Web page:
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?New World monkeys
File:Malpy szerokonose s.png
Scientific classification
Kingdom: Animalia
Phylum: Chordata
Class: Mammalia
Order: Primates
Suborder: Haplorrhini
Infraorder: Simiiformes
Parvorder: Platyrrhini
E. Geoffroy, 1812


The New World monkeys are the four families of primates that are found in Central and South America: the Cebidae, Aotidae, Pitheciidae and Atelidae. The four families are ranked together as the Platyrrhini parvorder. They differ from other groupings of monkeys and primates, such as the Old World monkeys and the apes.


All New World monkeys differ slightly from Old World monkeys in many aspects, the most prominent of which is the nose. This is the feature used most commonly to distinguish between the two groups. The scientific name for New world monkey, Platyrrhini, means "flat nosed", therefore the noses are flatter, with side facing nostrils, compared to the narrow noses of the Old World monkey. Most New world monkeys have long, often prehensile tails. Many are small, arboreal and nocturnal, so our knowledge of them is less comprehensive than that of the more easily observed Old World monkeys. Unlike most Old World monkeys, many New World monkeys form monogamous pair bonds, and show substantial paternal care of young.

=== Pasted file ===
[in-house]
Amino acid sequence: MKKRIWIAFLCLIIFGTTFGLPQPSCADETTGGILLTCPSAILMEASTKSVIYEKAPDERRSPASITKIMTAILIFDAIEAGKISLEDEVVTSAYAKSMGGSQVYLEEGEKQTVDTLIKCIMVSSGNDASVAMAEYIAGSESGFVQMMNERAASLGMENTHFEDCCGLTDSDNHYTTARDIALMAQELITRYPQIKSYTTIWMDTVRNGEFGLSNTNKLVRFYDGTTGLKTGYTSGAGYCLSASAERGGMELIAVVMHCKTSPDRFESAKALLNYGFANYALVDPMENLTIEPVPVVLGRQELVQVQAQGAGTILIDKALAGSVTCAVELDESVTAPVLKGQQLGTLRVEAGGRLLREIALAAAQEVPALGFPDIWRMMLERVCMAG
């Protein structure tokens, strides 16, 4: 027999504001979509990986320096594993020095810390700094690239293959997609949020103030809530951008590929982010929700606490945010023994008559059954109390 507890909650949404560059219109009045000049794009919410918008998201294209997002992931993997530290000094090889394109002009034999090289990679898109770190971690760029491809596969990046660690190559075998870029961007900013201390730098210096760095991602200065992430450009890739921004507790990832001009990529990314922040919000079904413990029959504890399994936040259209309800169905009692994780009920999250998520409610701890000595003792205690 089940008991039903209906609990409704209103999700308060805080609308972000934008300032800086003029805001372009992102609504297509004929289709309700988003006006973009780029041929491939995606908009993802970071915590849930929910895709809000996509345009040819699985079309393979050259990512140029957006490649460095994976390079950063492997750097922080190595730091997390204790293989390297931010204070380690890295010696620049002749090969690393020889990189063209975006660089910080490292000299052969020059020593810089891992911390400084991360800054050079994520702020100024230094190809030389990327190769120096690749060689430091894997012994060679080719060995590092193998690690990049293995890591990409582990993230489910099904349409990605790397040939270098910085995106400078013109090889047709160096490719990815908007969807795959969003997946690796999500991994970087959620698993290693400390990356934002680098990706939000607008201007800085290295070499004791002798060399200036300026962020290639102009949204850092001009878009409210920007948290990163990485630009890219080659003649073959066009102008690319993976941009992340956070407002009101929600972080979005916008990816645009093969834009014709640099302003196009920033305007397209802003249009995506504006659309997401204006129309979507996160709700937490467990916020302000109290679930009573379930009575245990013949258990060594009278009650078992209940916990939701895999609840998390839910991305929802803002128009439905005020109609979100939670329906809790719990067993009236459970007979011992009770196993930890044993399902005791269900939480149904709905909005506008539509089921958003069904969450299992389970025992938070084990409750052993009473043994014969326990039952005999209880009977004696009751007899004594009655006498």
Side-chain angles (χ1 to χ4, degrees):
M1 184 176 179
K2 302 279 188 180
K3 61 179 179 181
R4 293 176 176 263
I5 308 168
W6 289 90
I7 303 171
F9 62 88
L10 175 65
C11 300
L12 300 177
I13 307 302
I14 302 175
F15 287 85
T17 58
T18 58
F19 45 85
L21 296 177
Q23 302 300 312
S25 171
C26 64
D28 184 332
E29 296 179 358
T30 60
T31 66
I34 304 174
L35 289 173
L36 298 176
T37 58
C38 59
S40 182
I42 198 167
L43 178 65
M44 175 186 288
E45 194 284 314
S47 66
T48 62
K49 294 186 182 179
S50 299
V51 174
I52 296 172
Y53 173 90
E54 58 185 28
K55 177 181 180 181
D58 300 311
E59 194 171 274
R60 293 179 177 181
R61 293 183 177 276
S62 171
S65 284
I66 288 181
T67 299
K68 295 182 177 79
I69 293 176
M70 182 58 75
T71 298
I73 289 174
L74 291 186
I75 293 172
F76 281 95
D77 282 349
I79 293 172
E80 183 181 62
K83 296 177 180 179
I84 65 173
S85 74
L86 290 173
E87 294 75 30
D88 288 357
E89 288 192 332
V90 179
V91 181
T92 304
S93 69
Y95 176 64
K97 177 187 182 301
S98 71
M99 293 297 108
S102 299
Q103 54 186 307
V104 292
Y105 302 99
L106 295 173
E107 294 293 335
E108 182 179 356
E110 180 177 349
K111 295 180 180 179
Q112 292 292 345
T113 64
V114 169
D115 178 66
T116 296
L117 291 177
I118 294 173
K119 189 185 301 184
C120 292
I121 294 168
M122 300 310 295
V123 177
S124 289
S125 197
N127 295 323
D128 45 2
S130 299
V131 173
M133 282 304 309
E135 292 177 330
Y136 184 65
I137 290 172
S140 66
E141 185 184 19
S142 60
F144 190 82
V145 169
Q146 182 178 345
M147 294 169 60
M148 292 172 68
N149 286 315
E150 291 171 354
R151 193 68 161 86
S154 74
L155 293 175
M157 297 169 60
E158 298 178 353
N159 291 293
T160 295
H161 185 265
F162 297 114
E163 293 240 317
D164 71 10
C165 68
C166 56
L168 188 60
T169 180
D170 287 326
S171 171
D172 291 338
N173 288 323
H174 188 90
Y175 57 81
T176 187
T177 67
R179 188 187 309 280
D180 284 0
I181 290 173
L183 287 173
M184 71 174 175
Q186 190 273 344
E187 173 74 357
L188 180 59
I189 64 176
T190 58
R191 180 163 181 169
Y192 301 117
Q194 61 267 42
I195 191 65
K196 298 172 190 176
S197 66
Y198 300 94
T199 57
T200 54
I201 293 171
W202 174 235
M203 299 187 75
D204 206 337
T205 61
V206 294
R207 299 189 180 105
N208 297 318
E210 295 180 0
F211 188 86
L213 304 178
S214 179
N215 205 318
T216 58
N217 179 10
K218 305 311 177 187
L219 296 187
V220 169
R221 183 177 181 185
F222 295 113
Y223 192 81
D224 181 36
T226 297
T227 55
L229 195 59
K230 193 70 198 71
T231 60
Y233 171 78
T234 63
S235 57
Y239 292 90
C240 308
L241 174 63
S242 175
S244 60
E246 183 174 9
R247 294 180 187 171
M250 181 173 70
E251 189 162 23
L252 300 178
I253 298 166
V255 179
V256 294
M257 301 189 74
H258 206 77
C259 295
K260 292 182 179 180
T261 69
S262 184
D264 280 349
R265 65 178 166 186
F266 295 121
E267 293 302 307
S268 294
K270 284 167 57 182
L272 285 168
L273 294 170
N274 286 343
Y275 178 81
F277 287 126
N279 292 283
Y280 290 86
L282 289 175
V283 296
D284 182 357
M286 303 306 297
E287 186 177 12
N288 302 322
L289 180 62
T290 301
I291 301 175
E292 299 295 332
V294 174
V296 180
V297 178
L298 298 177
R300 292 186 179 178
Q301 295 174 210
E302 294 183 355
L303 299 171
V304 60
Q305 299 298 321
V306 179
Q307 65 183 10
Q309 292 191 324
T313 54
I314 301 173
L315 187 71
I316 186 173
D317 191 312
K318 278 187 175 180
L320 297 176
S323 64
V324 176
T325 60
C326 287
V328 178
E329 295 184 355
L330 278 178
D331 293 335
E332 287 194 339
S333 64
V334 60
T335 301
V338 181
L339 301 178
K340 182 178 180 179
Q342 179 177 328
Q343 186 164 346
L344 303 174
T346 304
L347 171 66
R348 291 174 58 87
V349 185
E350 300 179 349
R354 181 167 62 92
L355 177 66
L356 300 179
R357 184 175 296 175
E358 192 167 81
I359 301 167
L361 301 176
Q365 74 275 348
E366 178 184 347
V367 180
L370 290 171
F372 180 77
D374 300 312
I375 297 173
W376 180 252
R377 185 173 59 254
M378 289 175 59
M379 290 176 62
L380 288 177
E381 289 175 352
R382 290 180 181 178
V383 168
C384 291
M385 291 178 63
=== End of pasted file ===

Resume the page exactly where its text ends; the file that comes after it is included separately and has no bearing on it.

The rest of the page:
• Suborder Strepsirrhini: lemurs, lorises, etc.
    • Suborder Haplorrhini: tarsiers, monkeys and apes
      • Infraorder Tarsiiformes
        • Family Tarsiidae: tarsiers
      • Infraorder Simiiformes
        • Parvorder Platyrrhini: New World monkeys
          • Family Cebidae: marmosets, tamarins, capuchins and squirrel monkeys
          • Family Aotidae: night or owl monkeys (douroucoulis)
          • Family Pitheciidae: titis, sakis and uakaris
          • Family Atelidae: howler, spider and woolly monkeys
        • Parvorder Catarrhini: Old World monkeys, apes and humans

See also



  • Schneider, H. (2000). The current status of the New World Monkey phylogeny. Anais da Academia Brasileira de Ciências, 72, 165-172. DOI:doi:10.1590/S0001-37652000000200005
  • Opazo, JC., Wildman, DE., Prychitko, T., Johnson, RM., Goodman, M. (2006). Phylogenetic relationships and divergence times among New World monkeys (Platyrrhini, Primates). Molecular Phylogenetics and Evolution, 40: 274-280.
  • Groves, Colin (16 November 2005). Wilson, D. E., and Reeder, D. M. (eds) Mammal Species of the World, 3rd edition, 128-152, Johns Hopkins University Press. ISBN 0-801-88221-4.

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